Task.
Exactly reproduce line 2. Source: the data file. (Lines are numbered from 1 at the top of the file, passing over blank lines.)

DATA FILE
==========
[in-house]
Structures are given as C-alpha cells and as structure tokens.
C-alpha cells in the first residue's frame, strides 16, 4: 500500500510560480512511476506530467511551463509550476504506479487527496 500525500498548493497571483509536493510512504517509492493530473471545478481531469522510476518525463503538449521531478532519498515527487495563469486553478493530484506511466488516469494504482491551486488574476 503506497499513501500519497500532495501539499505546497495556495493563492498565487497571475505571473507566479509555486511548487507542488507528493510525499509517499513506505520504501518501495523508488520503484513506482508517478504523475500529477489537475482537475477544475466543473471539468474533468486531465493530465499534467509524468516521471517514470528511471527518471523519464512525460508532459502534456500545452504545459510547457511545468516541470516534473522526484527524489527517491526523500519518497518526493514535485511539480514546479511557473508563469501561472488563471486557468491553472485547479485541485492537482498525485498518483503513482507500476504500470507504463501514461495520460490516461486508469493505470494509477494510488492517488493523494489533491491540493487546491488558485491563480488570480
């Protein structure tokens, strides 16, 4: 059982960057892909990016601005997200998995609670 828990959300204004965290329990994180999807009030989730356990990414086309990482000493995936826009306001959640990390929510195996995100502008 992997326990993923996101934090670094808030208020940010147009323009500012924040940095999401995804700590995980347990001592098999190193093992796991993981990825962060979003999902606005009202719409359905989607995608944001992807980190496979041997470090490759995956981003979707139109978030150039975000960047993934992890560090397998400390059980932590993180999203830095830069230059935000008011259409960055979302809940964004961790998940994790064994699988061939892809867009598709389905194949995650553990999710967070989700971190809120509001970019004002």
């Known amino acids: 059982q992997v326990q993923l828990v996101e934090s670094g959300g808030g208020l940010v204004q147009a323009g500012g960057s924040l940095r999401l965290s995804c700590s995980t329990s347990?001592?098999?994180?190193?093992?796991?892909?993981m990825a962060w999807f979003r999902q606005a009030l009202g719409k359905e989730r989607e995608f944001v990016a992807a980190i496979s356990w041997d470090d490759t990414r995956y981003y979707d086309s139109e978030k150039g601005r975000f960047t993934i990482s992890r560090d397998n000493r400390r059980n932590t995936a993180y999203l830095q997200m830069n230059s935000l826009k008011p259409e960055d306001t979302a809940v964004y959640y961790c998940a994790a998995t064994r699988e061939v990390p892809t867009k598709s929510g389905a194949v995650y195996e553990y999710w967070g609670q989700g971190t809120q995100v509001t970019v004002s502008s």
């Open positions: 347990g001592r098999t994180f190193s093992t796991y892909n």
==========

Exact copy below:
Structures are given as C-alpha cells and as structure tokens.